At the end of the meeting in question, the complainant’s immediate supervisor had informed him that he was suspended.

Findings

Issued May 29, 2009

Application: Principle 4.3 states that the knowledge and consent of the individual are required for the collection, use, or disclosure of personal information, except where inappropriate.  Paragraph 7(1)(b) states that an organization may collect personal information without the knowledge or consent of the individual if it is reasonable to expect that the collection with the knowledge or consent of the individual would compromise the availability or the accuracy of the information and the collection is reasonable for purposes related to investigating a breach of an agreement or a contravention of the laws of Canada or a province.  Paragraph 7(2)(d) states in part that an organization may use personal information without an individual’s consent if the information was collected under paragraph 7(1)(b).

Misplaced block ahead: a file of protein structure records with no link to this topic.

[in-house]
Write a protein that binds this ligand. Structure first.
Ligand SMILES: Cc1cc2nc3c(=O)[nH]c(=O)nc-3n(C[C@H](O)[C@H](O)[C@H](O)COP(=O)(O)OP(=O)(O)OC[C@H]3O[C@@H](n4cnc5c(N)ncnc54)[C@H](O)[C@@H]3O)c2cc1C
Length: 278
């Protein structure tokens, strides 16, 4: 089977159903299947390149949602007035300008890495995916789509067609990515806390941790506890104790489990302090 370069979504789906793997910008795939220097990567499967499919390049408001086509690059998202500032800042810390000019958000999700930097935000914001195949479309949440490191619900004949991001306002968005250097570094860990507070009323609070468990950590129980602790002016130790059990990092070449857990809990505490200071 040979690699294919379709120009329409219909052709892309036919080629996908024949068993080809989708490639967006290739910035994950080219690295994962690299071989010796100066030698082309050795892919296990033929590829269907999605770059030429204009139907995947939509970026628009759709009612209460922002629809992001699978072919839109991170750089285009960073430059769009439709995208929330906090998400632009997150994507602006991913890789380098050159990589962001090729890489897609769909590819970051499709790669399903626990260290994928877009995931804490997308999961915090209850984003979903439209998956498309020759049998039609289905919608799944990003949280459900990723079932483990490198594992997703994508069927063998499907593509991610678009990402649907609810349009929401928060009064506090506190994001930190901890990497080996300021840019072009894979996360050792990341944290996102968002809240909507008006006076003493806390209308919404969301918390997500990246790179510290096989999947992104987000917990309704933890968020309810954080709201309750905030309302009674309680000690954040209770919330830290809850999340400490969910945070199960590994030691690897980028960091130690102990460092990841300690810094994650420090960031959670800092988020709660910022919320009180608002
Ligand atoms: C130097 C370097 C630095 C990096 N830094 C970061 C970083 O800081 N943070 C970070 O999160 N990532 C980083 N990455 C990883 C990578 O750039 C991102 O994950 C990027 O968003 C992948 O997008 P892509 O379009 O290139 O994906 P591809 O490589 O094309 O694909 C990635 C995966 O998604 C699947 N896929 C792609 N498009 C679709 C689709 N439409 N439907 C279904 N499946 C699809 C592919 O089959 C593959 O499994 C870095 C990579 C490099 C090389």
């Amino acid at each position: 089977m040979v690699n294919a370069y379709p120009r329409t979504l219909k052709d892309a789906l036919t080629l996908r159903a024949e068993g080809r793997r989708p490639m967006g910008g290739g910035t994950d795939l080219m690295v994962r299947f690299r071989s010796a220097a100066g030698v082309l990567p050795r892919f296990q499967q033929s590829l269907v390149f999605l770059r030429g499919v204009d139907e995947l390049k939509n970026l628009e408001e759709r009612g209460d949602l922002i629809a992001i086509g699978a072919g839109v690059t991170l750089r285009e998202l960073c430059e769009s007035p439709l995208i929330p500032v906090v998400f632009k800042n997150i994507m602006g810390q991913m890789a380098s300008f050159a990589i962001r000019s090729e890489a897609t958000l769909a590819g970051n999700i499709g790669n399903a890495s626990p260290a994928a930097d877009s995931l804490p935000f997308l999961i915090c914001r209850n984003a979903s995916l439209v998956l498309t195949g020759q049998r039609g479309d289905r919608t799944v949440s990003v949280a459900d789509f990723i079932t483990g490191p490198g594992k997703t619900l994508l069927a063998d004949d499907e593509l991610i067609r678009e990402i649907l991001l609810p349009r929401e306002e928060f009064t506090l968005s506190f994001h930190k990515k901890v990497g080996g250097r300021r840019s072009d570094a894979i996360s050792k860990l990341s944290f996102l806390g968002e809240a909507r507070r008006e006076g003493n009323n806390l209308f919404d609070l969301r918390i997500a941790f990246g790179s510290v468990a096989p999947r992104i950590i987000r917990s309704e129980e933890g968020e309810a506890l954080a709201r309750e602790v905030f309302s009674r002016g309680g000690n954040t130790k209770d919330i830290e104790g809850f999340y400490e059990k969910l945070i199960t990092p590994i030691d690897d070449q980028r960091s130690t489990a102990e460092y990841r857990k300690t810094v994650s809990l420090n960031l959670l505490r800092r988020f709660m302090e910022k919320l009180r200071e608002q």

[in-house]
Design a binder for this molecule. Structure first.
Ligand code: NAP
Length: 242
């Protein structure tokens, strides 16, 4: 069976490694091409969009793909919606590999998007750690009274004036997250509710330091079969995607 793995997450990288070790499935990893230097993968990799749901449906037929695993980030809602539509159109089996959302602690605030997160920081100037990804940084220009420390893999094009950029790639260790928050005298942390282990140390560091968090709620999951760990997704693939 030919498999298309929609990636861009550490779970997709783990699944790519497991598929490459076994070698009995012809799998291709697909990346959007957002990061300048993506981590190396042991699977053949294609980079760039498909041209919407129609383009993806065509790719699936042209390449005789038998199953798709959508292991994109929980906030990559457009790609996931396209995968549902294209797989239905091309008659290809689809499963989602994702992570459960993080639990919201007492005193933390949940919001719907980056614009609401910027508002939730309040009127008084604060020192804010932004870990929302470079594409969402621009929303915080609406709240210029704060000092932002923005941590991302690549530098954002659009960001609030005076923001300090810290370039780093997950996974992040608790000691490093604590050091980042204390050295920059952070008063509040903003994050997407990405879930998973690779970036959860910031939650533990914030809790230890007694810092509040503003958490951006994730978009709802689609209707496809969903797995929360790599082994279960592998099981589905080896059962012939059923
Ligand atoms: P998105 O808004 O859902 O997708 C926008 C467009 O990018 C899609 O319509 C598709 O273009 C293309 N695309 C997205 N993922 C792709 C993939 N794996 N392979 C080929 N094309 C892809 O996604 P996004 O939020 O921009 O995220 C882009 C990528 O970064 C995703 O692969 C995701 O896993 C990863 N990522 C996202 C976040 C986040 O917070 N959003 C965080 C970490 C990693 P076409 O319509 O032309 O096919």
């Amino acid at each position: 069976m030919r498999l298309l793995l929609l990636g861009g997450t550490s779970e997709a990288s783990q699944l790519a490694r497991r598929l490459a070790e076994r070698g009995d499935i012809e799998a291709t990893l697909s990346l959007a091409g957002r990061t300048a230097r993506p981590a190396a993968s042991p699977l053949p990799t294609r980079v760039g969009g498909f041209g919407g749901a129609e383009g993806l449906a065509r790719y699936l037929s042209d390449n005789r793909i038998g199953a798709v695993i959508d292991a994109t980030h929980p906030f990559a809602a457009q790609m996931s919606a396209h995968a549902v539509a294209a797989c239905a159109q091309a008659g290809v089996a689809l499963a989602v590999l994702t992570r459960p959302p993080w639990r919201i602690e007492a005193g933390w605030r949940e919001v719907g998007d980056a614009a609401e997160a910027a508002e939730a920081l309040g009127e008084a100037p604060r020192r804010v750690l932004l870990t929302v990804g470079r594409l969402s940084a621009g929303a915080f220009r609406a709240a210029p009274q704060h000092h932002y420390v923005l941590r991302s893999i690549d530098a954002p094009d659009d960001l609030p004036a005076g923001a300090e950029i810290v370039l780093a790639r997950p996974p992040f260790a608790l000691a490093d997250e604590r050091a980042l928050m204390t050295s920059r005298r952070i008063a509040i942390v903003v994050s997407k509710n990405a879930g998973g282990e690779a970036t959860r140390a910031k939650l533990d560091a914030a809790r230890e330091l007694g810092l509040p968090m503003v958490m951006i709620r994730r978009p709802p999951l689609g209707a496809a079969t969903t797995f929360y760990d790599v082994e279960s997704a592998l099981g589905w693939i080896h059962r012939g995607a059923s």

In making her determinations, the Assistant Commissioner deliberated as follows:

  • Despite the complainant’s assertion that the respondent accessed his personal email account, hosted on systems owned and operated by the respondent, there is no evidence to suggest that the complainant’s allegation is true.
  • Rather, the evidence before this Office confirms that the complainant had forwarded emails from his personal account to his corporate account.
  • It is not in dispute that the respondent accessed the complainant’s corporate email account.
  • The respondent has established a policy for the acceptable use of email in the workplace and requires employees to be familiar with the policy by completing an annual security training course.
  • The policy creates an expectation that the respondent will consider messages sent using the respondent’s system as its own records and will reserve the right to access and disclose such messages for any purpose.